Funky southern fare stakes out a spot on South.

Sarah Tse
The phrase “southern comfort–inspired food” conjures images of paper bibs covered with finger–lickin’–good drippings, but the atmosphere of Strangelove’s is anything but unpolished. The brick walls, dark wood and extensive bar make for a warmly sophisticated restaurant. Strangelove’s displays a wide variety of whiskeys and offbeat craft beers that add an element of sophistication to the unavoidably messy feast heralded by the menu.

The two for $14 lunch special prompted our early afternoon visit but kept us from indulging fully in the alcoholic options. Strangelove’s doesn’t take reservations for groups fewer than six, so if you’re looking to avoid lines go before the happy hour rush (5–7 p.m.). However, the hustle and bustle of this sociable beer bar doesn’t happen until later in the evening.

Strangelove’s New Orleans–inspired menu puts thoughtful twists on southern classics as well as eats you’ve never heard of. The appetizers aren’t exactly “Sips & Nibbles” as the menu suggests but rather, colossal servings that hardly leave room for more. The O. Redenbachers ($5) combines brown butter, cojita cheese and chilis for a spicy, sweet snack. Another play on a classic is Strangelove’s duck and sausage gumbo ($10). The combination of tender, sweet duck with spicy sausage is another example of this restaurant’s ability to combine the unexpected. Still not convinced? It has fried green tomatoes with lump crabmeat ($11).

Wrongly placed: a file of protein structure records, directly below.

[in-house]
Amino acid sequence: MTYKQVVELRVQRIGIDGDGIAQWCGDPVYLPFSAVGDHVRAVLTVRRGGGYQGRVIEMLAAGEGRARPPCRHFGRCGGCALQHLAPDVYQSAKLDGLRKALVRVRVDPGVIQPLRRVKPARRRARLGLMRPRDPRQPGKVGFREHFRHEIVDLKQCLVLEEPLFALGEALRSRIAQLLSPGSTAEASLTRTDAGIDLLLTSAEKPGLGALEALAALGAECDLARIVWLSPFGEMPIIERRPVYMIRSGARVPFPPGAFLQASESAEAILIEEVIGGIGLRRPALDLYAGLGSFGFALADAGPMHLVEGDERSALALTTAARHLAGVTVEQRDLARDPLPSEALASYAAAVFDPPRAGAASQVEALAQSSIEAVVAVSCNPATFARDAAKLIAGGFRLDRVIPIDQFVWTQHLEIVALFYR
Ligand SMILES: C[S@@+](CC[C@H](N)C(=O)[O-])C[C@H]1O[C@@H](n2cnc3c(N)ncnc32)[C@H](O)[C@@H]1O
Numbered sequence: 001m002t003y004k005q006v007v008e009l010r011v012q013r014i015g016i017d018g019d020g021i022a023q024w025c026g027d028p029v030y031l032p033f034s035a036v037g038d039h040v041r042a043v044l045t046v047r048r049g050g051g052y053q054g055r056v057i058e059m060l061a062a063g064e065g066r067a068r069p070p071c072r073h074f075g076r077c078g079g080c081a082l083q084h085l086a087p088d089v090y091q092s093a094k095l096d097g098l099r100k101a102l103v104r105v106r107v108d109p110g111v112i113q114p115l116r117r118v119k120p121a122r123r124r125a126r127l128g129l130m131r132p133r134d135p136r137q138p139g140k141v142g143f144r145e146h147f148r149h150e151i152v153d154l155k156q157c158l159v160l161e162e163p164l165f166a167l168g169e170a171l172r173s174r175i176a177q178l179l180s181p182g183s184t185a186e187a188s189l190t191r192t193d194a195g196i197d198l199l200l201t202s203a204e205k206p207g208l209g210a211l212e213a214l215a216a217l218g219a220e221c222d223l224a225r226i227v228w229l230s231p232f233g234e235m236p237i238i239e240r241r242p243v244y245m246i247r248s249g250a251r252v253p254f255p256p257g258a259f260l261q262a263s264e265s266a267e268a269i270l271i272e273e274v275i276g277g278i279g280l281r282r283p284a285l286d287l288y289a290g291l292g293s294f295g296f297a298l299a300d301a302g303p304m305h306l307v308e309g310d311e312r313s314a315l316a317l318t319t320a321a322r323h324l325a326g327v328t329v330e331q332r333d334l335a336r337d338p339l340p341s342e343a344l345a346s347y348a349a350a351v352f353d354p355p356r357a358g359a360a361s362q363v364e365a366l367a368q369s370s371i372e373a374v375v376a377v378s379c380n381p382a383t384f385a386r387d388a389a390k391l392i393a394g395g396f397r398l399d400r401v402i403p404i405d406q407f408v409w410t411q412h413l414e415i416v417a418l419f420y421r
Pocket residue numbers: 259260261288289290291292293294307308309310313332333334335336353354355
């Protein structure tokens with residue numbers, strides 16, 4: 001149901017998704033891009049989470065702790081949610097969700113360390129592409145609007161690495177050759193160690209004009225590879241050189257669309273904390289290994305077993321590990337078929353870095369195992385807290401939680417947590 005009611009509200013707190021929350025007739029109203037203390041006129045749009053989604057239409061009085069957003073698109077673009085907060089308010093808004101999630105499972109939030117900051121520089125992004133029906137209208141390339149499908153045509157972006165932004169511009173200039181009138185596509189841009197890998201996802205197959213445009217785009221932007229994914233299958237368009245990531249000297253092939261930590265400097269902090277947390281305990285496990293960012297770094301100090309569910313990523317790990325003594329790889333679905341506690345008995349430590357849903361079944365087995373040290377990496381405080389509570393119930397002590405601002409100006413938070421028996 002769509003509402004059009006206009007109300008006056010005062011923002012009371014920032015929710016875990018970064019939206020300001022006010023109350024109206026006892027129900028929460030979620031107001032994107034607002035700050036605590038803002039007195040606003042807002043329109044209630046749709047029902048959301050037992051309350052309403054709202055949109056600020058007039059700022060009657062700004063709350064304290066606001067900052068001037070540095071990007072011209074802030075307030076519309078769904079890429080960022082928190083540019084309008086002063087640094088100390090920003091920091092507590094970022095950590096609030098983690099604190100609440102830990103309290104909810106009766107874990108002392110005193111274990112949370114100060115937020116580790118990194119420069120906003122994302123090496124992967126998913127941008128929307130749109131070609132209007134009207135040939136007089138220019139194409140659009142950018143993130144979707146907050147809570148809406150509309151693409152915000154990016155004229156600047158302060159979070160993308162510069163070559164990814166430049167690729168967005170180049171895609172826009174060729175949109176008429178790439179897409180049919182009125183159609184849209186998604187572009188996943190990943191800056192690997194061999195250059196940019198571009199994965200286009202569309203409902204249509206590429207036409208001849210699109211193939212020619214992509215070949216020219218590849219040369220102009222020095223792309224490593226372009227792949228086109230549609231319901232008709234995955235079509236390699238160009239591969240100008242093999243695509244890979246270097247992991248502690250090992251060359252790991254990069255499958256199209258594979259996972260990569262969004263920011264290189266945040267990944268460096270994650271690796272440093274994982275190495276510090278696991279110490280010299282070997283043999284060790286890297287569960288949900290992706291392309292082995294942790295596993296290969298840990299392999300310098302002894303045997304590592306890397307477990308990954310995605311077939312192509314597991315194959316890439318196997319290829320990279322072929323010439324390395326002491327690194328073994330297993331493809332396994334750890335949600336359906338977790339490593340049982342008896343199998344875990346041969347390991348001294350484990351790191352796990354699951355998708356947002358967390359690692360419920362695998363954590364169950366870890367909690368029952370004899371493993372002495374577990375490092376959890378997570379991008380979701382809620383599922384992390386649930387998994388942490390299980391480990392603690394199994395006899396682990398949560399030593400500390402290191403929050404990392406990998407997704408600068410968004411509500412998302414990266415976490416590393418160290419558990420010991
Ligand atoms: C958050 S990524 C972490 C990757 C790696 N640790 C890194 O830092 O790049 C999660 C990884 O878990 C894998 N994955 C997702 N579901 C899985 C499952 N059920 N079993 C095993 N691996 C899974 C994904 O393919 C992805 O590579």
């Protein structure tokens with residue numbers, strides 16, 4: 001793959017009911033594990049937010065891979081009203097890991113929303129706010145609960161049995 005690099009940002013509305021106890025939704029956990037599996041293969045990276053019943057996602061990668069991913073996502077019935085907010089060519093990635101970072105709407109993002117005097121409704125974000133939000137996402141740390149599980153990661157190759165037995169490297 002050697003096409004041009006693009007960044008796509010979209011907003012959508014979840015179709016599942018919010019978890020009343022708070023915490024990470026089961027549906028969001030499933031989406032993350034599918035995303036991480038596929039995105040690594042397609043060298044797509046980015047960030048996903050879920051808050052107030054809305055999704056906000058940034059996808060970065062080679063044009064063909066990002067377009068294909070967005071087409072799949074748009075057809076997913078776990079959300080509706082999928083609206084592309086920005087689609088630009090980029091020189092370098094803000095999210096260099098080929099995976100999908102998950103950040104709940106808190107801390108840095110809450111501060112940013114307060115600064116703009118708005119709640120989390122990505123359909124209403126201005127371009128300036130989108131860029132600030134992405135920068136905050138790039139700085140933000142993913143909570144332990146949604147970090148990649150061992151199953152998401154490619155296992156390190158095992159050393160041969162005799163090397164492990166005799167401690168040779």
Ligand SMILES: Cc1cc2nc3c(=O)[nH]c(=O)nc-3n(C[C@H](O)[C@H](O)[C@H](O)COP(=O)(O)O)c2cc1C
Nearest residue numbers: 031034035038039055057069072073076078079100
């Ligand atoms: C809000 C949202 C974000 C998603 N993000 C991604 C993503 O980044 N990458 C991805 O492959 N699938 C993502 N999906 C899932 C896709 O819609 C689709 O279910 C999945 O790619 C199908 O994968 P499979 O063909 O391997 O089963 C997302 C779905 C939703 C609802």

The shrimp po’boy ($14) has an extraordinary range of flavors and textures folded into a single sandwich. Buttermilk battered and fried shrimp, dill pickle remoulade, shredded lettuce and tomatoes are served atop toasted rolls imported from New Orleans. Strangelove’s takes its ingredients seriously. The seared chicken sandwich ($11) is another great option. Molasses–Dijon mayo, white cheddar and roasted red onion relish atop tender chicken and a fluffy bun make for intense sensory overload, but in the best way possible. Vegetarian and vegan options like Vegan Chorizo Tostadas ($13) are available, too.

If you still have room at this point, you are a complete and utter champion. Strangelove’s will reward you with some serious Southern sweets. A whoopie pie ($7) with pumpkin mousse and the Big Ass Brownie ($7) with cream cheese frosting and toasted coconut are only two of the sweets tempting you to unbutton your pants one notch further.

Philly is lucky to have Strangelove’s sophisticated take on Southern cuisine. It’s just so finger–lickin’ good.


216 S 11th St.


(215) 873–0404

Don't Miss: Shrimp Po'Boy

Skip: Joe's Burger




All comments eligible for publication in Daily Pennsylvanian, Inc. publications.